Stan Little

Published 12:00 am Tuesday, October 26, 2010

After adding own funds, Little leads money race

By Billy Davis
Hernando attorney Stan Little has spent $47,900 to seek a circuit judge’s seat, easily leading other candidates who are spending money for campaign materials and advertising.

Little is among three candidates who are seeking a newly created seat, known as “Place Four,” in Mississippi’s 17th District.  The other candidates are David Burns of Water Valley and Gerald Chatham Sr., also of Hernando.

The 17th District includes counties Panola, DeSoto, Tallahatchie, Tate and Yalobusha.

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Burns has spent $6,939 and Chatham has spent $10,350, according to financial reports filed with Delbert Hosemann, Mississippi’s secretary of state.

Hosemann’s office oversees Mississippi elections, including campaign finances, so candidates submit contributions to their campaign, and disbursements of the money, to the state office.

The reports are filed periodically to meet mandatory deadlines. The three Place Four judicial candidates were meeting an October 10 deadline.

A second reporting deadline, for the judicial candidates and all others, falls today, October 26.

Little said he owed his spending to canvassing the five-county district, where he’s tried to “reach and meet” as many of the 247,000 residents as possible.    

“I’ve spent a considerable amount of time in all five counties,” he said. “There are a lot of expenses.”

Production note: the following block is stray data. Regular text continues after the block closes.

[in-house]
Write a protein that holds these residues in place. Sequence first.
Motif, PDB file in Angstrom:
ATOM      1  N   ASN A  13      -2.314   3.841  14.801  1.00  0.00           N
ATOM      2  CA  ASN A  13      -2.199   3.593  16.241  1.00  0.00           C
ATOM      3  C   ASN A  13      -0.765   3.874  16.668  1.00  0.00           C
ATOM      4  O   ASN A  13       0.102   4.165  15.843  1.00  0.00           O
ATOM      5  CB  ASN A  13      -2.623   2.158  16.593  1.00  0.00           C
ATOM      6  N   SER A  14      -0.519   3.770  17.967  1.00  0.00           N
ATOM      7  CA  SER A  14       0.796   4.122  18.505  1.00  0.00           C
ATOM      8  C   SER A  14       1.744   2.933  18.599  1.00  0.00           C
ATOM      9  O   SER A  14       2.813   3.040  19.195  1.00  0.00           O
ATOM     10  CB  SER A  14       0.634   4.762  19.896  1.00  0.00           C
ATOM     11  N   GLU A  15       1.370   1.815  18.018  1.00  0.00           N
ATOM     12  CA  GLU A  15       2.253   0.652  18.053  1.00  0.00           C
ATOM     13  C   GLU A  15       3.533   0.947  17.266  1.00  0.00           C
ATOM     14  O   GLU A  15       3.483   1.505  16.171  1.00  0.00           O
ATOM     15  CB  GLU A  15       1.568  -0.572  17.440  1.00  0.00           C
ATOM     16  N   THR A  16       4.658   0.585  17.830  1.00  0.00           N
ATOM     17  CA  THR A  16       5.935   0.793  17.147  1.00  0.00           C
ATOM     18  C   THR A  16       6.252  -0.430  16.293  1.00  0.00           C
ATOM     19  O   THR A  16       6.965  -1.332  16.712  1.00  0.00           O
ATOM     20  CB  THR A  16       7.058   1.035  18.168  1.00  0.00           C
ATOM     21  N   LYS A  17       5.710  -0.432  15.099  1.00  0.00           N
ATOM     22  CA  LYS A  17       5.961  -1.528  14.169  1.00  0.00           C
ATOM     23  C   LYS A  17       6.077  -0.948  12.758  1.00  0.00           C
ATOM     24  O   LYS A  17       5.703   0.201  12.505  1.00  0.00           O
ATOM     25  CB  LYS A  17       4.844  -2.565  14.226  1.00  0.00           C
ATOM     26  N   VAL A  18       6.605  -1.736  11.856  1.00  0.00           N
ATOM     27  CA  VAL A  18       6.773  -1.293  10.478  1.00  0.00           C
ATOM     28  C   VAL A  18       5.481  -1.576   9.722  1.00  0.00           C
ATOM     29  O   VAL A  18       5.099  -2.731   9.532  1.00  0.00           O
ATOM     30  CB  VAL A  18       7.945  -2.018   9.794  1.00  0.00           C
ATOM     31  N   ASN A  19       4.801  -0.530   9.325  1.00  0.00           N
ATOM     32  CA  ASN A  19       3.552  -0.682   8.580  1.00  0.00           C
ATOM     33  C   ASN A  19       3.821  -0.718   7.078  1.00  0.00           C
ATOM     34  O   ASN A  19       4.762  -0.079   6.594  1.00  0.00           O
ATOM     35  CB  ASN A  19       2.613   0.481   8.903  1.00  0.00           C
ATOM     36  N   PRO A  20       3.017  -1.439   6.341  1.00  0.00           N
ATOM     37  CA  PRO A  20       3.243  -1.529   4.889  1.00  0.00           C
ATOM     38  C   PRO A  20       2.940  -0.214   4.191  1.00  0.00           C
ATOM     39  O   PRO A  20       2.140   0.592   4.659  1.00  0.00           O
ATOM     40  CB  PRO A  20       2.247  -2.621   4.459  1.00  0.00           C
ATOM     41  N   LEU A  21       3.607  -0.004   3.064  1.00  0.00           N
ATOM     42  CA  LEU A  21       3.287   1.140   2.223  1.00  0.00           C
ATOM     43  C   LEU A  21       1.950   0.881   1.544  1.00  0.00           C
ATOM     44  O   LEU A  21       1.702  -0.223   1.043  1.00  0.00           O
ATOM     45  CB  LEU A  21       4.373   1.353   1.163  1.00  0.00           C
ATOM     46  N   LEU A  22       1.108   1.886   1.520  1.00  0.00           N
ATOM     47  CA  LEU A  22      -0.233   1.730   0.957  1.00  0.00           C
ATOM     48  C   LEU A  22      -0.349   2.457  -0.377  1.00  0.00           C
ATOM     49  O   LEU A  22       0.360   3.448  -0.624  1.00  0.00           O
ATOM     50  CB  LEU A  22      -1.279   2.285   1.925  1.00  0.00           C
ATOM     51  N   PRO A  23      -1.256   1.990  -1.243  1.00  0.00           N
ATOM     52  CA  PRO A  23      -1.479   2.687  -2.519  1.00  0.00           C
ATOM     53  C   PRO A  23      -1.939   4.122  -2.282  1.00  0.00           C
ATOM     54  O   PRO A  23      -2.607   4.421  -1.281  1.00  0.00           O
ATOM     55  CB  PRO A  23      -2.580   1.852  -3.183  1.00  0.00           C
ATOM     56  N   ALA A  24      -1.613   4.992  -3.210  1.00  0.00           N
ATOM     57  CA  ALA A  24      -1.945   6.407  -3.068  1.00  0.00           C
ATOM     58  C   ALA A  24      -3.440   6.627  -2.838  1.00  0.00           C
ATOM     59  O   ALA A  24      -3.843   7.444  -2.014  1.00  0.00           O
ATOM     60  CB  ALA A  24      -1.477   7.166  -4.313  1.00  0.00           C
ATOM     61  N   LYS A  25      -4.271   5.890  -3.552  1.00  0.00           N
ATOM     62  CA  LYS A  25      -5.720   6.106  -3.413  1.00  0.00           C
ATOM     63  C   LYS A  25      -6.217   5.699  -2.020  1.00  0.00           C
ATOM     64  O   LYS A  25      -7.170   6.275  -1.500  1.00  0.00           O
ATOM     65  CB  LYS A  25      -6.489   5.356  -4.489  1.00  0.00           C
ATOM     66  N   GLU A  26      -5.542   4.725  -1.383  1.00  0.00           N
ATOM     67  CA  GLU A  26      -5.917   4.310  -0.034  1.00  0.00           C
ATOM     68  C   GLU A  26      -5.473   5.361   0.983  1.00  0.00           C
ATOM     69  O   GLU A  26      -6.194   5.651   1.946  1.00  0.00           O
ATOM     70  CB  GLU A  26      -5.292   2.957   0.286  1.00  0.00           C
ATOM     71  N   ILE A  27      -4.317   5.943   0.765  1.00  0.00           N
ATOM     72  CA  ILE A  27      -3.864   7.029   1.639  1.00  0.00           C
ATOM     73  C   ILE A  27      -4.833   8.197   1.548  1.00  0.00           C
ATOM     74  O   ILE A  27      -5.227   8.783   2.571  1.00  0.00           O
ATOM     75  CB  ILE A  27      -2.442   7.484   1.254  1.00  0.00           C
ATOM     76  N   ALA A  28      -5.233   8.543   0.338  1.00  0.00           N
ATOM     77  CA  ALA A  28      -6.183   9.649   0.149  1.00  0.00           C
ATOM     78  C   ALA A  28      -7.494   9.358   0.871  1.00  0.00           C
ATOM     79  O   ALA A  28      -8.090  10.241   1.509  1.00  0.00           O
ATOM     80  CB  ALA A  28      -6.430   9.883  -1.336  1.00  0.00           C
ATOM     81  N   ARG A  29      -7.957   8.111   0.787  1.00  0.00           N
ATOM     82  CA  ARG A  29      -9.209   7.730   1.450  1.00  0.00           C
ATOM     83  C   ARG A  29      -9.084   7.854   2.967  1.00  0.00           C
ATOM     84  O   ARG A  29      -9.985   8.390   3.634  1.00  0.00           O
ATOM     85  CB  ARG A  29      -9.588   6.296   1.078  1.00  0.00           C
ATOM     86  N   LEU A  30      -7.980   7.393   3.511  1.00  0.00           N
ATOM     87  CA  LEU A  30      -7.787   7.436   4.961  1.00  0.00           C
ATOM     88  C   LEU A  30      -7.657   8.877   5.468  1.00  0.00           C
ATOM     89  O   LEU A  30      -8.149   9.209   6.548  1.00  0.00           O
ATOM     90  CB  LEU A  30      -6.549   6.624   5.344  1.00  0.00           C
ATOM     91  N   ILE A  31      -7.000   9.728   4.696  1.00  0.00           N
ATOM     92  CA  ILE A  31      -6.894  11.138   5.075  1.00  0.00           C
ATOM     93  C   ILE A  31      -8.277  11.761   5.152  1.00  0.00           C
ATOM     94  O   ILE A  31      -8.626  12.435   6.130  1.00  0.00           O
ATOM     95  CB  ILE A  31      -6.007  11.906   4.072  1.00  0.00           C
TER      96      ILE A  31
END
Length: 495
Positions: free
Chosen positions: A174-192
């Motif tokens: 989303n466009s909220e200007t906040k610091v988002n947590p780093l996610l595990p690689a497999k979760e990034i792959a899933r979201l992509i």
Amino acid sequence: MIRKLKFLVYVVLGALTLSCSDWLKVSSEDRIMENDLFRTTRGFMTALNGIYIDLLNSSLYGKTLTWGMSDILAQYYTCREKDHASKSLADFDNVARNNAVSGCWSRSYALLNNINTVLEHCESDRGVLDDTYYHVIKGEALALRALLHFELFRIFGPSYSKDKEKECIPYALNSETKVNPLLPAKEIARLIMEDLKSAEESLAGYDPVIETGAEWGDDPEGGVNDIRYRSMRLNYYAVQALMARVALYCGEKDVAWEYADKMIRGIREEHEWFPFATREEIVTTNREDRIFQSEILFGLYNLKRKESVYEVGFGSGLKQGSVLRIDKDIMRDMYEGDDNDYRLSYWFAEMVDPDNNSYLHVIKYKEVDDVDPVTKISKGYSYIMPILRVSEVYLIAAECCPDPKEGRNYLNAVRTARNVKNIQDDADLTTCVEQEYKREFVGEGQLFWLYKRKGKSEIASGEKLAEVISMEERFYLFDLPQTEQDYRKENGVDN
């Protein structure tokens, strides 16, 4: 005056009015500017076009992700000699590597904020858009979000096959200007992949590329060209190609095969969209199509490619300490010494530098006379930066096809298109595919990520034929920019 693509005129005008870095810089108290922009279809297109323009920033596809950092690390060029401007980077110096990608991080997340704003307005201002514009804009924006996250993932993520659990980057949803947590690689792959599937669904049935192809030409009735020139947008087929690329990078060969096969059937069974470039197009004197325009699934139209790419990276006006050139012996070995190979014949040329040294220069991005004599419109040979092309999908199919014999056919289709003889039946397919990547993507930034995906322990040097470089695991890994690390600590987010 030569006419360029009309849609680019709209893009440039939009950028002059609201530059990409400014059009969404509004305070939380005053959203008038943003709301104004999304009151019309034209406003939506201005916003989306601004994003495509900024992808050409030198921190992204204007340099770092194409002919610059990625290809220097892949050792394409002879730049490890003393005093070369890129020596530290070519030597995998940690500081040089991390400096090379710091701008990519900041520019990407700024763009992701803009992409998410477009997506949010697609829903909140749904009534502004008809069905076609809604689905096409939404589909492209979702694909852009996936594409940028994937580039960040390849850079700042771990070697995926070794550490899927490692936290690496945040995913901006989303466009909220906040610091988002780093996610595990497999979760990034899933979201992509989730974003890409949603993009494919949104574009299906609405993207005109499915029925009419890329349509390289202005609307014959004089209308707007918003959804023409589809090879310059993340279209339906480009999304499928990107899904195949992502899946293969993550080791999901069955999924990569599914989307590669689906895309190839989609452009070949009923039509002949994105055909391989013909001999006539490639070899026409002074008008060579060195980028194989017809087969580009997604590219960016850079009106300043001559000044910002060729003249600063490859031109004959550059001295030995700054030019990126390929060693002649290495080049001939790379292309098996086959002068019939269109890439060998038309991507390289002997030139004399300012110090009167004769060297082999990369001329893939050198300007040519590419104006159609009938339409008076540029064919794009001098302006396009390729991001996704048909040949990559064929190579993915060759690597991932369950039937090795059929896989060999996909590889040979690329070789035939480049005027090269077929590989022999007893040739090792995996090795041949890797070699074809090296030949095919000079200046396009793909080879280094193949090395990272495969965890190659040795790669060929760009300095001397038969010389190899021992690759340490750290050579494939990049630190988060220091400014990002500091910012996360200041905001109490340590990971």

Little also acknowledged that most of his campaign is self-funded. He had given his campaign $31,011, spread out over eight payments, by mid-September, his financial report shows.  

“I said at the beginning (of the campaign) that I would match contributions two-for-one,” Little told The Panolian. “I said I would put my own money on the line and I’ve fulfilled that.”  

Little’s campaign report also shows he had $314 on hand by the latest filing deadline. Burns had barely more than that, $323, while Chatham had $5,386.

The Place Four election will be on the Nov. 2 ballot along with a judicial race for a second seat, now occupied by retiring Judge Andrew C. Baker.

Baker’s up-for-grabs seat, also in District 17, is known as 17-2, Place One.

Rhonda Amis, Adam Pittman, Smith Murphey and William Sanders are seeking to win the Place One seat. In that contest, Murphey has spent the most money, $15,032, his financial reports show.

Amis followed with $10,966 spent while Sanders had spent $4,568.

Pittman, who had not submitted the most recent October filing, said he has spent approximately $2,000 out of his own pocket.

He said he is working with the Secretary of State to file the correct paperwork for October that reflects his out-of-pocket spending so far.

Before the October report, Pittman had submitted three mandatory filings in May, June and July that showed no money raised or spent.

In the Place One election, Murphey was leading the money race, showing $3,007 cash on hand. Sanders showed $1,316. Amis had $389 by the October 10 deadline.

Circuit judges Robert Chamberlin of DeSoto County and Jimmy McClure of Sardis are running unopposed.

Candidates’ campaign finance information can be viewed on the Secretary of State Web site at